Document Detail

Spatial expectations of young human infants, following passive movement.
MedLine Citation:
PMID:  20806293     Owner:  NLM     Status:  In-Process    
Three experiments are described that investigate 4.5-month-old infants' spatial thinking during passive movement using a task that required no manual or visual search. In these experiments, infants habituated to a display located near one corner of a table. Before the test trial the infants were either moved to the opposite side of the table or they remained in the same position that they held during the habituation trials. Also, between the habituation trials and the test trial, the display was either surreptitiously moved to the diagonally opposite position on the table, or the display remained stationary. The results showed that infants generally dishabituated when the actual (allocentric/objective) location of the display was changed between habituation and test. However, in Experiment 3, in which infants had reduced experience moving around the testing chamber, infants dishabituated to a change in their egocentric spatial relationship to the display. The results of this experiment suggest that experience moving around the testing chamber was a prerequisite for such location constancy. Taken together, the findings presented here indicate that with enough experience, young infants become aware of key spatial relationships in their environment during passive movement.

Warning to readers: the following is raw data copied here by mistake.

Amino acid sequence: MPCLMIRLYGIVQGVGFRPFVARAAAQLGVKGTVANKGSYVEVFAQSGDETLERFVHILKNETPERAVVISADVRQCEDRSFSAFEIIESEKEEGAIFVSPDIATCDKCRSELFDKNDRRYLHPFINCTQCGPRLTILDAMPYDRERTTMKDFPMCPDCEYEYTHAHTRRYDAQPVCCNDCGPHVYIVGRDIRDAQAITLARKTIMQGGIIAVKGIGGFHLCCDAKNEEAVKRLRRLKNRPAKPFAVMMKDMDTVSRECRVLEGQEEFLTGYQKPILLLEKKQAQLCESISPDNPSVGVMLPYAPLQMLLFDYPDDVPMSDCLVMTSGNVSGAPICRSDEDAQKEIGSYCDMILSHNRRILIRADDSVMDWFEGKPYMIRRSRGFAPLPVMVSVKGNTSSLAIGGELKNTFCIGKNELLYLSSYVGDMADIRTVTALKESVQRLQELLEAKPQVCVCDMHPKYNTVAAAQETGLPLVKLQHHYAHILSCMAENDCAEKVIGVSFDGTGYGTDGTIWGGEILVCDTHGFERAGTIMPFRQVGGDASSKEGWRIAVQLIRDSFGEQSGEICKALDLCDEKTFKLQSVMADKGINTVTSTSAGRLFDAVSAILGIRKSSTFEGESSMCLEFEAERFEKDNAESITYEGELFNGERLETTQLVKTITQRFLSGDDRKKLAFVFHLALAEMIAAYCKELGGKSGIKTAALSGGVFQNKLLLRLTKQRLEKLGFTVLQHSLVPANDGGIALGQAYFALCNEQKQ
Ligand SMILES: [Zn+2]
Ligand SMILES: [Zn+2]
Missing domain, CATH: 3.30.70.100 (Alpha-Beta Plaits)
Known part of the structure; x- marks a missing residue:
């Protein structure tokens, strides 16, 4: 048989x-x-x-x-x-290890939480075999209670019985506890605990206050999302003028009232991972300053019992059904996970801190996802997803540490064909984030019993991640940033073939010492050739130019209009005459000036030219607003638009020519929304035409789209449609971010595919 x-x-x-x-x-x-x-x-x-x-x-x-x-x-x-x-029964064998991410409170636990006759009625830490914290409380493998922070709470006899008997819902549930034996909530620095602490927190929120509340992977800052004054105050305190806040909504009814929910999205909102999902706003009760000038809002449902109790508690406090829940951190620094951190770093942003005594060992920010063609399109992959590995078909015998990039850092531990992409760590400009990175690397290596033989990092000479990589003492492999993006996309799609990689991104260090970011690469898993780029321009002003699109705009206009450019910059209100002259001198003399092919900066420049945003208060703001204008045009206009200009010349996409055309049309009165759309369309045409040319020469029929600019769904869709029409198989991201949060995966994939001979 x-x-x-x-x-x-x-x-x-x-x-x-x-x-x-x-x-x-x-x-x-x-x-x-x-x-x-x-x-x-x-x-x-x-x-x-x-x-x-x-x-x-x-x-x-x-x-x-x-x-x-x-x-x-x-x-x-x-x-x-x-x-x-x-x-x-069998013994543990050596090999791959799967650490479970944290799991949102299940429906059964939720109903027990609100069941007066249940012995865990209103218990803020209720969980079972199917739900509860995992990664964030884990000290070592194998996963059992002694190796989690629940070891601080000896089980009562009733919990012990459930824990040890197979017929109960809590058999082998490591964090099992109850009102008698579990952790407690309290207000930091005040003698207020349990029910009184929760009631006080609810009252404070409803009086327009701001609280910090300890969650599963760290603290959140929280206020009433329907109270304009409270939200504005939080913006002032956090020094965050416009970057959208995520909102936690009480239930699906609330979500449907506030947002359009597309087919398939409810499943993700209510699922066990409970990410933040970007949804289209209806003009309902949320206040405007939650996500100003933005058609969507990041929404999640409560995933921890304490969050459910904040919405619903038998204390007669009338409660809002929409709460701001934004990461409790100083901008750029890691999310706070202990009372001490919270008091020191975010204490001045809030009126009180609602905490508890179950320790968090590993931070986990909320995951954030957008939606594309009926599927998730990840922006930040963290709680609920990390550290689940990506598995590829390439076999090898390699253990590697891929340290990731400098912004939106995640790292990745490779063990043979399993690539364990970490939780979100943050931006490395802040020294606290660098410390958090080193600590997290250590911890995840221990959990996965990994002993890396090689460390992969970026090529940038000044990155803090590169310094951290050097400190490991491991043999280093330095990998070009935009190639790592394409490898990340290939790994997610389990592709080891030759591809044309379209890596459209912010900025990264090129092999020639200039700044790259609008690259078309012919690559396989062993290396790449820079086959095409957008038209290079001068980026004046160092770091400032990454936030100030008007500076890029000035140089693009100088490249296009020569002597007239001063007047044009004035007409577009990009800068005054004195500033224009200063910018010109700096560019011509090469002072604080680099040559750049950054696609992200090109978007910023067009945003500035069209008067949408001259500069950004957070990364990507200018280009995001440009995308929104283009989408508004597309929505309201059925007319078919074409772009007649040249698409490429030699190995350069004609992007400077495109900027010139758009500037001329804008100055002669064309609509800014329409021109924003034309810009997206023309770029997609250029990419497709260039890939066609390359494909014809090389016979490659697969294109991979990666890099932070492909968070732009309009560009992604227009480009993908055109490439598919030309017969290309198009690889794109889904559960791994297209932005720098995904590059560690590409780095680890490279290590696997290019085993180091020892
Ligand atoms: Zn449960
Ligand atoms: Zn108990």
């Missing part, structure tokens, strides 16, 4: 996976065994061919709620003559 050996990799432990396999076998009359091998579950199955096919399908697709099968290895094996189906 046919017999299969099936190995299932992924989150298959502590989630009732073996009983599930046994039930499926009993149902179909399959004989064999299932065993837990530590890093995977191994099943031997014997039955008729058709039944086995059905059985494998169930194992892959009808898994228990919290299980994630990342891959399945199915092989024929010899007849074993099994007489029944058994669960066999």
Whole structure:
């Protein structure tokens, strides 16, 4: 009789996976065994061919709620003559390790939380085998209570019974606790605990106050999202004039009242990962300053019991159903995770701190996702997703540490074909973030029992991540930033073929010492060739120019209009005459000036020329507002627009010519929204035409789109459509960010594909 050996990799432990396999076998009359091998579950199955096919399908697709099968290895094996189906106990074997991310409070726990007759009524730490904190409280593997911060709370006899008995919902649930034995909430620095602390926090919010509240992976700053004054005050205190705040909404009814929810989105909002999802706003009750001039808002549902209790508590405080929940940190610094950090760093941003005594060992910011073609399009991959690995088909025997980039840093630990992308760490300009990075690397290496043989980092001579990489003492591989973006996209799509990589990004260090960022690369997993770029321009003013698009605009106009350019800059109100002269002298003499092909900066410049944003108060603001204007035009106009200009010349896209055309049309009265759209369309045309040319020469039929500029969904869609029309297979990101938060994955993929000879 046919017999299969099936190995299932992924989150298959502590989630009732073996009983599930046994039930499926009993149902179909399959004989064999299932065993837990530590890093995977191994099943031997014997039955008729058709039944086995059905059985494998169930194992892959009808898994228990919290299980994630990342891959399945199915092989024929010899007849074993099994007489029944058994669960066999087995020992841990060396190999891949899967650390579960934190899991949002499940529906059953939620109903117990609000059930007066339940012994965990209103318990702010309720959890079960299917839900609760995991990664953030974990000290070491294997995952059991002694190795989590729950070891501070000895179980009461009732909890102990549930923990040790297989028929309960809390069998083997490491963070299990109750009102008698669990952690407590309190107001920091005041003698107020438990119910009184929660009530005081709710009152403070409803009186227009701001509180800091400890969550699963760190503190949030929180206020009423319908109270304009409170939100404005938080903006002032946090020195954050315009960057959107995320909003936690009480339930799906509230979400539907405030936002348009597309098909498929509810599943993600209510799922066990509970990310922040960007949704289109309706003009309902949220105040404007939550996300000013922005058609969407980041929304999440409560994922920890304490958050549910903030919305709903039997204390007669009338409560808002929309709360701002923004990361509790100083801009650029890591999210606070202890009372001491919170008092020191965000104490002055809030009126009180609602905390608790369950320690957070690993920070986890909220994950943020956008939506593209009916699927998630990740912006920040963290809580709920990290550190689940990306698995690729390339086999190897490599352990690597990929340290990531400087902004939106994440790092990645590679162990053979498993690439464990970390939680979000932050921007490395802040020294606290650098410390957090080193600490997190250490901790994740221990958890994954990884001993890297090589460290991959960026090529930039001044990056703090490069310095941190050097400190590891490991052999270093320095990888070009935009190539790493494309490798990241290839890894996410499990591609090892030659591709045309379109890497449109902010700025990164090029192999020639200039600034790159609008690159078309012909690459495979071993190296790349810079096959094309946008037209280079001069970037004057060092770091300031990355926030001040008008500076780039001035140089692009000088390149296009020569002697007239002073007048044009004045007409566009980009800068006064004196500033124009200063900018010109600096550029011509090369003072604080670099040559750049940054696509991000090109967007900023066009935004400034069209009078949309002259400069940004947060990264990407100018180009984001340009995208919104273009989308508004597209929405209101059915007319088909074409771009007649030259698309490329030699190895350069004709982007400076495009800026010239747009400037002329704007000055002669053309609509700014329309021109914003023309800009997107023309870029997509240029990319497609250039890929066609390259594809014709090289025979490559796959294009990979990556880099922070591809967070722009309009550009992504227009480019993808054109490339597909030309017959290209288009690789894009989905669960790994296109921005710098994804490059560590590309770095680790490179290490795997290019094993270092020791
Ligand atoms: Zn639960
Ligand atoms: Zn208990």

Jordy Kaufman; Amy Needham
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Publication Detail:
Type:  Journal Article; Research Support, N.I.H., Extramural; Research Support, Non-U.S. Gov't    
Journal Detail:
Title:  Developmental psychobiology     Volume:  53     ISSN:  1098-2302     ISO Abbreviation:  Dev Psychobiol     Publication Date:  2011 Jan 
Date Detail:
Created Date:  2010-12-17     Completed Date:  -     Revised Date:  -    
Medline Journal Info:
Nlm Unique ID:  0164074     Medline TA:  Dev Psychobiol     Country:  United States    
Other Details:
Languages:  eng     Pagination:  23-36     Citation Subset:  IM    
Copyright Information:
© 2010 Wiley Periodicals, Inc.
Brain Sciences Institute, Swinburne University of Technology, Hawthorn, Victoria 3122, Australia.
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